For the record – This kind of thinking got me absolutely no where and depressed! So please join me and chuck this ‘we have to know the method before performing the trick’ in the bin.
Two days ago I began to think outside the box – making my predicament a puzzle to be solved. I began thinking, what if I set the ball where I need it to be so that I can get used to grabbing it from that position to place under a cup. This meant I didn’t put any pressure on myself to come up with the sneaky method right away. The idea was solely to find the best place for the ball to ‘live’ until I needed it. After doing this for two days with all my new loads sitting visible on top of the table a method popped straight into my head as to how I could hide the balls in those positions.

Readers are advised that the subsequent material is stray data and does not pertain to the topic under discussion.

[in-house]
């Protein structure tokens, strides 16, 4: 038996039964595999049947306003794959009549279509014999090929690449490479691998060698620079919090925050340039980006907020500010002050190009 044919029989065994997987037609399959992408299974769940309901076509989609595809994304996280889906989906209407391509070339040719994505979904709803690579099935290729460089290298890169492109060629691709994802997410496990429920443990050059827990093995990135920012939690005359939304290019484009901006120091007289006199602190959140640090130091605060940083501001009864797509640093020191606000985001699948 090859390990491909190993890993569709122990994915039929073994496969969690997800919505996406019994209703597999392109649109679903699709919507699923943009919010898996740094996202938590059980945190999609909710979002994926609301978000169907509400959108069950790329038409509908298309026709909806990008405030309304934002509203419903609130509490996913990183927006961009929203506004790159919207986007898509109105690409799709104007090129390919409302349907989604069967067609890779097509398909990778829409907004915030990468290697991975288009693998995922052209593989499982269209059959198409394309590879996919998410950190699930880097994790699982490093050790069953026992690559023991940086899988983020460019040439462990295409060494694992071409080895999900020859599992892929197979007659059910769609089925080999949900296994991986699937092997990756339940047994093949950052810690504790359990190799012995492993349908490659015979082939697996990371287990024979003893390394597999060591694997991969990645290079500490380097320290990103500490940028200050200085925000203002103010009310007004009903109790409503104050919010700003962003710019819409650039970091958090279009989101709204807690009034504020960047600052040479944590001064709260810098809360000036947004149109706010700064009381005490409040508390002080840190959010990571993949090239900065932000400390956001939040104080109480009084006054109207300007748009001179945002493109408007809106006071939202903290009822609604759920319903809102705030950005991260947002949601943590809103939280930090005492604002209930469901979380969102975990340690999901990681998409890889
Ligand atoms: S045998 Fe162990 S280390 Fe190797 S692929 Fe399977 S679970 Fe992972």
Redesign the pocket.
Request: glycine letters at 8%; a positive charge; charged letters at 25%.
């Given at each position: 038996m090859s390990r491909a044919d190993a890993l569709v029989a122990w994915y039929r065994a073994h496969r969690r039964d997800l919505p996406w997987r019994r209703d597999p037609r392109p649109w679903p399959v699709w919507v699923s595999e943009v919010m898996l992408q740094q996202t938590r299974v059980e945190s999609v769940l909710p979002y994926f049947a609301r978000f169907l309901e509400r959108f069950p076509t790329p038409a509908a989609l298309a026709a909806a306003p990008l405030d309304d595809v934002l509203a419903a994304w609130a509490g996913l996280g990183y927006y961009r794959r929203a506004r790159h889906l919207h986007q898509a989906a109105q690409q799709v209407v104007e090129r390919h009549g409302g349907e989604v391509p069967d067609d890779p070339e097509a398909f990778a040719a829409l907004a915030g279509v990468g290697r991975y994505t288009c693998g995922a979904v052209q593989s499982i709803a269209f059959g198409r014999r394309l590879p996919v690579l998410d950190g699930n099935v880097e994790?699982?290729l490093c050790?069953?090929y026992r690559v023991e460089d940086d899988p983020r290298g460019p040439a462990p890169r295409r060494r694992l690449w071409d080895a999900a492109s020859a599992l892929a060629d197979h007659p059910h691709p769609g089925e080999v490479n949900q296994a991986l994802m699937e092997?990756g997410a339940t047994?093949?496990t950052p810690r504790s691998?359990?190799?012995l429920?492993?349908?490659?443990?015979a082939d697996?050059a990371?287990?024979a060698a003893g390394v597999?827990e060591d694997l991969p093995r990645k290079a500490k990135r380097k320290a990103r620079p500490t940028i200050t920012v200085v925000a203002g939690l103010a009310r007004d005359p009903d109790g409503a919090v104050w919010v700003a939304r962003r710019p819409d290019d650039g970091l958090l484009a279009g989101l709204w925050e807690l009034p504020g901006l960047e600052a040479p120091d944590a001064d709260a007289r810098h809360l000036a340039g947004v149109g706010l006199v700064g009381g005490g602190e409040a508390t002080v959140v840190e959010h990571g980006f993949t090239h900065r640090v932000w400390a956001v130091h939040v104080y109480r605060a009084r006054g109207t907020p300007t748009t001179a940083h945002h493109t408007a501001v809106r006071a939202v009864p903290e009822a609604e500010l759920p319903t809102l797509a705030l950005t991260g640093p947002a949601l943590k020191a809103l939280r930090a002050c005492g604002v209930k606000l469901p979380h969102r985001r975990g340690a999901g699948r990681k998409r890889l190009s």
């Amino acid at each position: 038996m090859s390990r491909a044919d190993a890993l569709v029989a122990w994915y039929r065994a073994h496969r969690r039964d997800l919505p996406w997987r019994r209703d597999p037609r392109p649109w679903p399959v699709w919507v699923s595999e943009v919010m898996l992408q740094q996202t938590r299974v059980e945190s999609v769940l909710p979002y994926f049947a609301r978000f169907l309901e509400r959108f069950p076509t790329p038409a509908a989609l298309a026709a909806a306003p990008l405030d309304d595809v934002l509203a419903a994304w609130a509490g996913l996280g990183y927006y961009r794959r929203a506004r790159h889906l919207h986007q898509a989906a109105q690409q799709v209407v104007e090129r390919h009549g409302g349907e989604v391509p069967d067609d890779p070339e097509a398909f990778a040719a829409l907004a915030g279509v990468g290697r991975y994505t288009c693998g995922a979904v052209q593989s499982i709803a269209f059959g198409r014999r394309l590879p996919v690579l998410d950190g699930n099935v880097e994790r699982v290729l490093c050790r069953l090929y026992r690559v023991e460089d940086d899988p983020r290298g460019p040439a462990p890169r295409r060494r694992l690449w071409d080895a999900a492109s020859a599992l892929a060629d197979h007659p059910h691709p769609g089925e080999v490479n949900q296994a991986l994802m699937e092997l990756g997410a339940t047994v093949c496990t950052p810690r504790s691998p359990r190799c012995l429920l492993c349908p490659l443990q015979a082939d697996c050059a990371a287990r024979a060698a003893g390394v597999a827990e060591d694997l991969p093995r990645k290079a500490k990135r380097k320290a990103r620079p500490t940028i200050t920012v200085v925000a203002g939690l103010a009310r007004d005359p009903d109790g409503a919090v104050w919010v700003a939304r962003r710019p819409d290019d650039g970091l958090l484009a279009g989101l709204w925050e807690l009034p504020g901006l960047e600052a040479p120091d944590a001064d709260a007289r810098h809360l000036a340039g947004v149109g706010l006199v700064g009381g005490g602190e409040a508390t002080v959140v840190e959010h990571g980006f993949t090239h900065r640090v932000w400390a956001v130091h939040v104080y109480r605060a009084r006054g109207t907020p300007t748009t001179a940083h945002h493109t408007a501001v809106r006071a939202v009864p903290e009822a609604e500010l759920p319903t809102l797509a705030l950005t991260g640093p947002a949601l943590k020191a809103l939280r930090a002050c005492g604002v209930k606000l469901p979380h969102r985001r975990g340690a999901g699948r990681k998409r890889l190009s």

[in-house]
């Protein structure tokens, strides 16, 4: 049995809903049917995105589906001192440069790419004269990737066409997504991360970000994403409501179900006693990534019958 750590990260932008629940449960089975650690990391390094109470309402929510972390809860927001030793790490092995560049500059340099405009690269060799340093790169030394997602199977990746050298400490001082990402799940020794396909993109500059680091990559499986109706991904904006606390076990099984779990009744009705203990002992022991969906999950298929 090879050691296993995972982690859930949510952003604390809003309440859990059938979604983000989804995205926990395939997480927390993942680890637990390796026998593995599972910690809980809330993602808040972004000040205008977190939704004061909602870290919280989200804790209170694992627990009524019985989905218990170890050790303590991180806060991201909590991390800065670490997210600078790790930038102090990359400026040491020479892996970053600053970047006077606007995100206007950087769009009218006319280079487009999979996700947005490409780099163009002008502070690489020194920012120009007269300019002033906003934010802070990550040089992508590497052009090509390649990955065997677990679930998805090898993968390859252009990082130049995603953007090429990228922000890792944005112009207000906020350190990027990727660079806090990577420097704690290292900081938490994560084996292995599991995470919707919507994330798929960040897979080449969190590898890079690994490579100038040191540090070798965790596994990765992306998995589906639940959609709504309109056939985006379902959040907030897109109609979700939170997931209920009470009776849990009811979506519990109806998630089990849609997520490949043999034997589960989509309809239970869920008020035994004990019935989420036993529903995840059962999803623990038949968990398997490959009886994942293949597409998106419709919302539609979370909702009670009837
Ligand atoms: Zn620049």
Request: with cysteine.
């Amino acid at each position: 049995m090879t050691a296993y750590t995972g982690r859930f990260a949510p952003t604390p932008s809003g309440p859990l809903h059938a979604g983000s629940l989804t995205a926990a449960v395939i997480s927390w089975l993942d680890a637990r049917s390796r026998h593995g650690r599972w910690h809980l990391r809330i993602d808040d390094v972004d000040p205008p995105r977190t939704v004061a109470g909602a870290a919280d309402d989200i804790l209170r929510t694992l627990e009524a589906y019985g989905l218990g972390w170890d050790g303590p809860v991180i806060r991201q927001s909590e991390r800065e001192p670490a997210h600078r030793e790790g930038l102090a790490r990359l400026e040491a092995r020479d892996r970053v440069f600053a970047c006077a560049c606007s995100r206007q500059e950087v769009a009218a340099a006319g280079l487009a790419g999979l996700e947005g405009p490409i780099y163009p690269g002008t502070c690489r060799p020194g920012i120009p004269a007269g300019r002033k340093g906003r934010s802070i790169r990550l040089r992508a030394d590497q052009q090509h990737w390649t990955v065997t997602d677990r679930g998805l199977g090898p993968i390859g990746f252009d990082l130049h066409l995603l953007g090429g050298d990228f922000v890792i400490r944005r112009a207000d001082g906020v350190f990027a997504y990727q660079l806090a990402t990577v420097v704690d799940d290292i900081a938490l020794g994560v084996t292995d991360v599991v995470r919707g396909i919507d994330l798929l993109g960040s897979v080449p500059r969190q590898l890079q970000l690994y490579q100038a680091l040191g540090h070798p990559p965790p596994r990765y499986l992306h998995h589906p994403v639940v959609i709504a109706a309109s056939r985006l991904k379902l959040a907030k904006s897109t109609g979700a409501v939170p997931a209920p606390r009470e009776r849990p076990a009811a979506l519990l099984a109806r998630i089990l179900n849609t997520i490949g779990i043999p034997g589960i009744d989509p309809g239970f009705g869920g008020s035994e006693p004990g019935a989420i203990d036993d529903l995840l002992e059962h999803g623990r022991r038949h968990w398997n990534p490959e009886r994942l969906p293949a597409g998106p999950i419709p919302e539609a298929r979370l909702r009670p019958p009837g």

What I’m saying here is a clear method to hide the balls (which I had no idea how to do prior to enacting my mind movie for two days solid) came to fruition without struggle. It was simple, easy and without fuss and the first prototype I made (from cardboard and tape*) worked immediately.
*On a side note making prototypes of props out of cardboard and tape is a great way to see if your idea works without spending a lot of money to make something that doesn’t work.
I hope this post is something for you to ponder over a cuppa.
I’ll now leave you with the final lines from the Wonder maker himself.
“Your audiences will be able to experience your imagination and you. They will not experience a pale recreation of someone else’s imagination, or a hobbled version of your imagination. It will be a sincere, honest sharing of your dreams with the audience. You cannot share more. That is the ultimate!”